Out and About: A dormitory for $10.5 million

In a classy full-service Lincoln Square high-rise, the condo is on a very high floor with superlative views of the skyline, parks and rivers in three directions.

Monthly nut: $7,082.  Asking price:$10.5 million.

Covering 4,134 square feet, the apartment is undeniably spacious.  There are a living room (22’7″ x 19’4″), den (11’2″ x 10′) and “great room” (21’3″ x 16’3″) at the western end of the place.

Visitors entering at the opposite end of a nearly 40-foot-long hallway, termed “gallery” for marketing purposes, peer down a very long tunnel past the doors of five of the unit’s six bedrooms splayed left and right like a high-class college dormitory or hotel.

At the end of the “gallery,” which is admittedly wide and adorned with artwork, they don’t benefit from views of the river or anything but a solid wall another nearly 10 feet away that is the eastern end of the den.  (The floorplan above should be more understandable than my description.)

Although the broker’s summary refers to the gallery as “dramatic,” I’d use profoundly less flattering words.

For the record, there are in this combination of two apartments floor-to-ceiling windows, five and a half baths, a fine kitchen as big as many studio apartments and closets galore.

And while I can imagine a family needing six bedrooms, I really don’t see why anyone with $10.5 million to spend would sacrifice a pleasing layout for the benefits of the space and the remarkable vistas.

Below are some of the other properties that I have visited and that other brokers have listed:

  • A classic six-room co-op on Central Park West in the low 90s.  With a surfeit of potential, this two-bedroom, two-bath apartment evocative of decades past looks south over a crosstown street and affords side views of the park.  But acres of laminate in the spacious kitchen, mauve-colored tiling in the master bath with its elevated whirlpool tub and the track lighting give ringing testimony for how outdated the unit is.  The rumpled carpeting in the master bedroom speaks to the co-op’s neglect.  The $2.3 million asking price (after a $295,000 reduction in September) with monthly maintenance of $2,354 in a 1909 pet-friendly doorman building with fitness room and other amenities only begins to recognize how much work the apartment demands.
  • In the high 50s between Eighth and Ninth avenues, a sad one-bedroom co-op on a low floor facing south over a busy street and massive air conditioning unit.  The small windowless kitchen appears to be of 60s or 70s vintage, closet space is generous and the rooms are well proportioned.  Originally on the market in May of 2011 at $565,000 with maintenance of $991 a month, the unit had a price cut to $539,000 in February, when it went under a contract that fell through last May.  This apartment in a 1957 doorman building that welcomes pets, pieds-à-terre and washer/dryers needs more price chopping from the current $569,000.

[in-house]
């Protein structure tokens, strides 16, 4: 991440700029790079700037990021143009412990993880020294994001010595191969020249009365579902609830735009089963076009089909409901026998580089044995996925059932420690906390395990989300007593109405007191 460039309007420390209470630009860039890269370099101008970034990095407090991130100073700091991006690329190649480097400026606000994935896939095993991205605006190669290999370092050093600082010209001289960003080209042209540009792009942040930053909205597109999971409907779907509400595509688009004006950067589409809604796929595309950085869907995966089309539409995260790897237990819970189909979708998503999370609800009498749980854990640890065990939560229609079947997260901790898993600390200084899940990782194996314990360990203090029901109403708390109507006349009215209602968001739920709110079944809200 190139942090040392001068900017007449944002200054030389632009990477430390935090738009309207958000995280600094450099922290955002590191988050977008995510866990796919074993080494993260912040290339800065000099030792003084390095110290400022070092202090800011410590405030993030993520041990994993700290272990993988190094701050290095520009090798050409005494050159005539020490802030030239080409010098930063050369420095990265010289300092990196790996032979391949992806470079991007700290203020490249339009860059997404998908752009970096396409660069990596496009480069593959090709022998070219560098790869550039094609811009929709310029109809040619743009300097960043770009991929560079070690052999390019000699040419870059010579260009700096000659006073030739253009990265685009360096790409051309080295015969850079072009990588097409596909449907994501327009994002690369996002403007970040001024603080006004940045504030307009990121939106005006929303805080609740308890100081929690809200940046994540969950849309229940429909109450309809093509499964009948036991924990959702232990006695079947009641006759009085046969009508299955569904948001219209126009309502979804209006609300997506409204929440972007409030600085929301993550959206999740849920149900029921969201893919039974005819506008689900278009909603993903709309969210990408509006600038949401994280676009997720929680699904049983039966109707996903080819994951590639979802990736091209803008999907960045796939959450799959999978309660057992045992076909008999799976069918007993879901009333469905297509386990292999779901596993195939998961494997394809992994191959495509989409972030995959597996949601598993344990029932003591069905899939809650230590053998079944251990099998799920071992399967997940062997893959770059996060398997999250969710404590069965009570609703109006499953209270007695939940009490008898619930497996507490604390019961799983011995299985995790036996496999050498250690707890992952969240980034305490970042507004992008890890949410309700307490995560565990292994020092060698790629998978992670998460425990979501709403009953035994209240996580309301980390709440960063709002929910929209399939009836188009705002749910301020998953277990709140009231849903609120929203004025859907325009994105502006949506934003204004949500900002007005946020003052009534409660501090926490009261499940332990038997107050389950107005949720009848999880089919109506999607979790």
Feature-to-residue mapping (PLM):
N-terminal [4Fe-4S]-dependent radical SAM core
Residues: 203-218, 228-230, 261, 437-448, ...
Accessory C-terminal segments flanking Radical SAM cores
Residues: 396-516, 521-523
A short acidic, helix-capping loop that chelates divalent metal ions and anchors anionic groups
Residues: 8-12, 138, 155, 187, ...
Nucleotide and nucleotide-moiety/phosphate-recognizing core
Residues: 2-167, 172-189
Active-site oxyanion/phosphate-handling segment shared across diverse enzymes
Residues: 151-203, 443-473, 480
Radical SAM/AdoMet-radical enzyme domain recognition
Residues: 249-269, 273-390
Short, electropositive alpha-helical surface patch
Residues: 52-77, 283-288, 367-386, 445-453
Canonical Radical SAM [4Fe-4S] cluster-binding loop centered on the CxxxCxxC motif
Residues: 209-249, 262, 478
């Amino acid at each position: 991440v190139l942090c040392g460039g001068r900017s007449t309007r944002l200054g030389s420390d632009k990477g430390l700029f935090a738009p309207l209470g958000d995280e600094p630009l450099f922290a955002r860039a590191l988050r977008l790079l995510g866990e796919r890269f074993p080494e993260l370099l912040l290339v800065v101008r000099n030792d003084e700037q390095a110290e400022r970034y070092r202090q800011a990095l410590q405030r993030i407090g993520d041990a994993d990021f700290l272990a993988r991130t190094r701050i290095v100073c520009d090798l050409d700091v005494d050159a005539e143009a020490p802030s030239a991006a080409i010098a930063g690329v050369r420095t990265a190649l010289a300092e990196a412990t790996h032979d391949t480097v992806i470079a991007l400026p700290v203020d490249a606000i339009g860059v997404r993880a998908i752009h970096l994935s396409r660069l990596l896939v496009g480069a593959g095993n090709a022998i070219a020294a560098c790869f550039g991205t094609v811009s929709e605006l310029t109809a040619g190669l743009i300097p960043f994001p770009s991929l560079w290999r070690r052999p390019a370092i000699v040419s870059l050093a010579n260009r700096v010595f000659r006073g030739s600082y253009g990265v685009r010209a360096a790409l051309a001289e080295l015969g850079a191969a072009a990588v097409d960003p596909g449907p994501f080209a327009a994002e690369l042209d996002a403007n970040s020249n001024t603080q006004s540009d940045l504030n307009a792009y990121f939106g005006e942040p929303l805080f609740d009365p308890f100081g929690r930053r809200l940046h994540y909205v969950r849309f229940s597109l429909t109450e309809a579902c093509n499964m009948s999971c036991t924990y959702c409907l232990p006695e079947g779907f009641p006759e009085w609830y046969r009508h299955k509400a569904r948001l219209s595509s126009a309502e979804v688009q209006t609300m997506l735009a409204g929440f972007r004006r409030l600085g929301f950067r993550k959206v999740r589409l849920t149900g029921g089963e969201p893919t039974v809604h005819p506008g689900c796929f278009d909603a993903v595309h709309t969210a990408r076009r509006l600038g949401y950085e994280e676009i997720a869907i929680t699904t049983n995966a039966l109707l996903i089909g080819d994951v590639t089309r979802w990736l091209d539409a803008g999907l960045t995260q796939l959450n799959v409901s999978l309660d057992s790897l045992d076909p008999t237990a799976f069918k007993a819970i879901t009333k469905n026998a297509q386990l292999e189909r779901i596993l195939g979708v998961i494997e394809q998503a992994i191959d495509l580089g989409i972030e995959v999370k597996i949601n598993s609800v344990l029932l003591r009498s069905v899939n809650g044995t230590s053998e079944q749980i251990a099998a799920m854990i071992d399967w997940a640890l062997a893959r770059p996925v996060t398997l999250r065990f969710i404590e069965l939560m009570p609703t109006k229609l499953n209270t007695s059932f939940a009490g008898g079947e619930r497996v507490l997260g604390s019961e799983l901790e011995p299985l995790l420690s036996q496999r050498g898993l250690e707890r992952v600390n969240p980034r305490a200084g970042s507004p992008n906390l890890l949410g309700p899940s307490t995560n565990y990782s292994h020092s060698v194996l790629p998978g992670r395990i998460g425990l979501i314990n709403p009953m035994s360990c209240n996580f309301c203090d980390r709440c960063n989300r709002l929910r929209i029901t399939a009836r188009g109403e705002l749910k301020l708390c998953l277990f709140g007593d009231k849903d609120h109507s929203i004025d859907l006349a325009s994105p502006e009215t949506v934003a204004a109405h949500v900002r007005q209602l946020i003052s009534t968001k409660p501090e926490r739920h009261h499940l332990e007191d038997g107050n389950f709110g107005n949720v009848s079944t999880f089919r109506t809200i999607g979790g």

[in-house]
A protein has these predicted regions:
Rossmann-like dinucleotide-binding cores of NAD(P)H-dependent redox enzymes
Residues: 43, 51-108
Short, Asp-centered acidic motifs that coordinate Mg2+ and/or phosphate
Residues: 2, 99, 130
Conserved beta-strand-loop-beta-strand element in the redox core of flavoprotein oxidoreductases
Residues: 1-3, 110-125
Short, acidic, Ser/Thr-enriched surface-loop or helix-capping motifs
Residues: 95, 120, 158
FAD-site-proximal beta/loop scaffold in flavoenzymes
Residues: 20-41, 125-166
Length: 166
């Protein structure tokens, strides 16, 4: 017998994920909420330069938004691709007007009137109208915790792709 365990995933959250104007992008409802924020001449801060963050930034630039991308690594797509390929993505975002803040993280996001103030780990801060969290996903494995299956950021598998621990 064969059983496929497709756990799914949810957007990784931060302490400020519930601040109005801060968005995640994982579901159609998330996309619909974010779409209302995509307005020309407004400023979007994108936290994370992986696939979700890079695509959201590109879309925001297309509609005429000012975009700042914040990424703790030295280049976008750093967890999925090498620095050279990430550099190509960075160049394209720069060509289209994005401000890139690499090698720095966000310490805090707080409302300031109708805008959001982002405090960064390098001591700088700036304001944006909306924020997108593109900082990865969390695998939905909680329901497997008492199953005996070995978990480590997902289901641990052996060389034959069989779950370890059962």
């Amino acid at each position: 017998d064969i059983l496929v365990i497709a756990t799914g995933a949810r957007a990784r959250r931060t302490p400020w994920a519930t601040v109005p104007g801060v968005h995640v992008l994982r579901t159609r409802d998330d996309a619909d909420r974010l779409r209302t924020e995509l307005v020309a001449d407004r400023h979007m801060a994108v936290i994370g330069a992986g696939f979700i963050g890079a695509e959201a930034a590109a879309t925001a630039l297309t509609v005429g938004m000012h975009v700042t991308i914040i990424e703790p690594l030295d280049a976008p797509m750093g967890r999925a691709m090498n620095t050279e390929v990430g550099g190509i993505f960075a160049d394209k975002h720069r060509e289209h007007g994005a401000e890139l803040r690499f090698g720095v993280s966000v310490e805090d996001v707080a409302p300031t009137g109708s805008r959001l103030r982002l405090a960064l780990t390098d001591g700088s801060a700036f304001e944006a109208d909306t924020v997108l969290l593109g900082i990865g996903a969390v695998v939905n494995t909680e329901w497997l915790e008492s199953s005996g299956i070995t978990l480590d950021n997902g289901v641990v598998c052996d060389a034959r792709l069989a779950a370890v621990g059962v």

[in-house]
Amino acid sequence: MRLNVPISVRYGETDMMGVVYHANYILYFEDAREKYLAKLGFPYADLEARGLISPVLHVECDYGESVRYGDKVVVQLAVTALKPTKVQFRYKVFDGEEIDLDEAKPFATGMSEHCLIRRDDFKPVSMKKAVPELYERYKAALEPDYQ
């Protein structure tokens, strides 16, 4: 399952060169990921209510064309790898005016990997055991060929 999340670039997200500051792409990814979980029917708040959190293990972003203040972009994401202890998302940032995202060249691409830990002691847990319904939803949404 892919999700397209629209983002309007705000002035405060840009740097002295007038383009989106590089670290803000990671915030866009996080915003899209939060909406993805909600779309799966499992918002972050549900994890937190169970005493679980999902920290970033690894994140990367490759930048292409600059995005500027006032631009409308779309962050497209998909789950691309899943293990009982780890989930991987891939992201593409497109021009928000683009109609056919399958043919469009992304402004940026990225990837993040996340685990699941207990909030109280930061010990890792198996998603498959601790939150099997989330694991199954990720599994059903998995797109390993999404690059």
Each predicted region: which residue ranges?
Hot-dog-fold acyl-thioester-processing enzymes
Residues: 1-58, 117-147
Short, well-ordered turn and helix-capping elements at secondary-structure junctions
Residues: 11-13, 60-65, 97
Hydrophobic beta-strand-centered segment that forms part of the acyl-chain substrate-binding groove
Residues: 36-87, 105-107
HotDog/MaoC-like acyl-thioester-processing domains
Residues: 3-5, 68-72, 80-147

• A two-bedroom co-op that suffered two appropriate price reductions from $1.249 million in its first week on the market.  Undergoing renovation, this sponsor apartment in the mid 80s between Riverside Drive and West End Avenue in a 1923 low-rise with few amenities has one and a half nice baths, a kitchen of good size and quality, a washer/dryer, open southern exposures and other pluses that justify its latest price, reduced finally to $995 million with maintenance of $1,455 a month.  It had an offer accepted just last week.
  • In the low 100s, a bright 796-sf one-bedroom apartment on a low floor facing Central Park West, which can be noisy.  With two cedar closets, an older eat-in kitchen that has modestly priced appliances, decent bath, big foyer with plenty of room for a dining table and floors in above average condition, the apartment has definite appeal.  In a 1928 pet-friendly building that has a live-in super, common storage and a bike room as its sole amenities, the condo was offered at $650,000 with common charges of $669 and real estate taxes of $272 monthly to sell close to $620,000 when it under contract within weeks.

Tomorrow: Fifth Avenue foreclosure

To take your own bite out of the Big Apple, you have the option to search all available properties privately.

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Malcolm Carter
Licensed Associate Real Estate Broker
Senior Vice President
Charles Rutenberg Realty
127 E. 56th Street
New York, NY 10022

M: 347-886-0248
F: 347-438-3201

Web site

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